“The first lesson in the school of Christ is to become a little child, sitting simply at His feet, that we may be made wise unto salvation.”
–John Newton, Letters of John Newton (Carlisle, PA: Banner of Truth Trust, 1869/2007), 248.
“In conclusion, I will remind you of the words the Apostle addressed to the Ephesian elders: ‘I commend you to God and to the word of His grace.’ (Acts 20:32)
We are about to part, perhaps to meet no more in this world. Let us solemnly commend one another to God, and to the word of His grace, as that which will never err, never fail us, never lead us astray.
Guided by that Word as our light and lamp, we shall at last receive an inheritance among them that are sanctified.
Above all, let us never forget the advice which Whitefield gave in one of his letters: let us ‘make much of our Lord Jesus Christ.’
There are many things of which we may easily make too much in our ministry, give them too much attention, think about them too much.
But we can never make too much of Christ.”
“I will ask one favour on behalf of the brethren who have done the principal part of the labour in the meeting now nearly concluded. We ask a special place in your intercessory prayers.
You should consider the position in which we are placed. We are often put forward into positions which others perhaps would fill just as well, if they would but make the trial, and we are deeply sensible of our own deficiencies.
But still, being put forward in the forefront of the battle, we may surely ask for a special place in your prayers.
We are only flesh and blood. We are men of like passions with yourselves. We have our private trials, and our special temptations.
Often, while watering the vineyards of others, our own is comparatively neglected. Surely, it is not too much to ask you to pray for us.
Pray that we may be kept humble and sensible of our own weakness, and ever mindful that in the Lord alone can we be strong.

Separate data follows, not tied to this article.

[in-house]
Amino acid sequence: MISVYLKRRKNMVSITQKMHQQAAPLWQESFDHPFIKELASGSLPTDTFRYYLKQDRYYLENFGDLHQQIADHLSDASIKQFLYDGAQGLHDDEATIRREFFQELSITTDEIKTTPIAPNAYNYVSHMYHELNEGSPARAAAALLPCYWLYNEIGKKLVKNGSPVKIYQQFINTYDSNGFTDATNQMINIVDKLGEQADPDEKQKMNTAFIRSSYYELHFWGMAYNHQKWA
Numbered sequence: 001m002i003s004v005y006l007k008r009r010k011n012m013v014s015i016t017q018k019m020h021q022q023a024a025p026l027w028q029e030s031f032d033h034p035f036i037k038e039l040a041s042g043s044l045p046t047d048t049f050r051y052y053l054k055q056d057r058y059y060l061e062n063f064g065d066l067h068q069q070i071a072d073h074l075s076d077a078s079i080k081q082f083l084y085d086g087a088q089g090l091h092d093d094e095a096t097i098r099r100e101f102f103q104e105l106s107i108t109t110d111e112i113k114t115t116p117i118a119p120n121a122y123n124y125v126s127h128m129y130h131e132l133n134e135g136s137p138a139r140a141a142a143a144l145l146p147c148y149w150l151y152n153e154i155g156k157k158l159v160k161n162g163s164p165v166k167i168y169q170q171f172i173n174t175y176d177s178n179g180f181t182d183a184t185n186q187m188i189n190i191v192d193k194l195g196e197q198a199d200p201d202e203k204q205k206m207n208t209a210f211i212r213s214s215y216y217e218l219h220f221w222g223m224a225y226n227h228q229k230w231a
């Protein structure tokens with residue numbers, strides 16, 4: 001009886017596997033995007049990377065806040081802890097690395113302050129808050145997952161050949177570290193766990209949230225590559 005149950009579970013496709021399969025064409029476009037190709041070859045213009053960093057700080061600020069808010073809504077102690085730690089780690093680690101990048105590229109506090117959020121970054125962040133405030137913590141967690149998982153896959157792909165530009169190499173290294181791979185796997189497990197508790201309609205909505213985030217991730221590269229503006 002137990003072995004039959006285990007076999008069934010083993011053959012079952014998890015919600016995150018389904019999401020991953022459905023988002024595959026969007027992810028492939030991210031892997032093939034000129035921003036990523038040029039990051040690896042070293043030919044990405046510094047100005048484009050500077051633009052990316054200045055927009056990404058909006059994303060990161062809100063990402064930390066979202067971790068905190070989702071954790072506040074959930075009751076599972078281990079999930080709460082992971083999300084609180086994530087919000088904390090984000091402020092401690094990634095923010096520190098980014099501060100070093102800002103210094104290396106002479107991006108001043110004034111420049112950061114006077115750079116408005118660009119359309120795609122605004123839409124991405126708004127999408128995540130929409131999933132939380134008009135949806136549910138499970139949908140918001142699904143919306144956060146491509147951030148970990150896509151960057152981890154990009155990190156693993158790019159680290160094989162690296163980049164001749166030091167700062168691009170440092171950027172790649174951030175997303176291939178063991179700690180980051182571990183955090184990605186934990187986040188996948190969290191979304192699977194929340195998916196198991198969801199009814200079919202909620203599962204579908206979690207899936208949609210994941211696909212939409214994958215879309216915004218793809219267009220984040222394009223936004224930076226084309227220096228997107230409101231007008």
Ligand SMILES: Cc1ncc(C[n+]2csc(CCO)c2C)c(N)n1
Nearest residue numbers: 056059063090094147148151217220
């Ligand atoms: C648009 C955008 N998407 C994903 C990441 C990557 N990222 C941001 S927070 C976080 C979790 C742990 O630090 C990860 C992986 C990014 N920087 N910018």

Pray that we may have wisdom to take the right step, to do the right thing, in the right way, and to do nothing to cause the Gospel to be blamed.
Pray, above all, that we may go straight on, even unto the end– that we may never lose our first love, and go back from first principles,– that it may never be said of us, that we are not the men we once were, but that we may go on consistently and faithfully, die in harness, and finish our course with joy, and the ministry which we have received of the Lord Jesus, to testify the Gospel of the grace of God.”
“You may be tempted to skip this chapter because you think it’s boring or relatively unimportant. Grammar doesn’t have to be boring. (I love it!)
But more importantly, grammar matters because God chose to reveal Himself to us with grammar. So paying attention to grammar is a way to pay attention to God.
The more accurately you understand grammar, the more accurately you can understand God.”
–Andy Naselli, How to Understand and Apply the New Testament: Twelve Steps From Exegesis To Theology (Phillipsburg, NJ: P&R Publishing, 2017), p. 82.
“There will be three effects of nearness to Jesus, all beginning with the letter h— humility, happiness, and holiness. May God give them to us!”
–Charles H. Spurgeon, “Christ Manifesting Himself to His People,” in The New Park Street Pulpit Sermons (vol. 1; London: Passmore & Alabaster, 1855), 1: 226.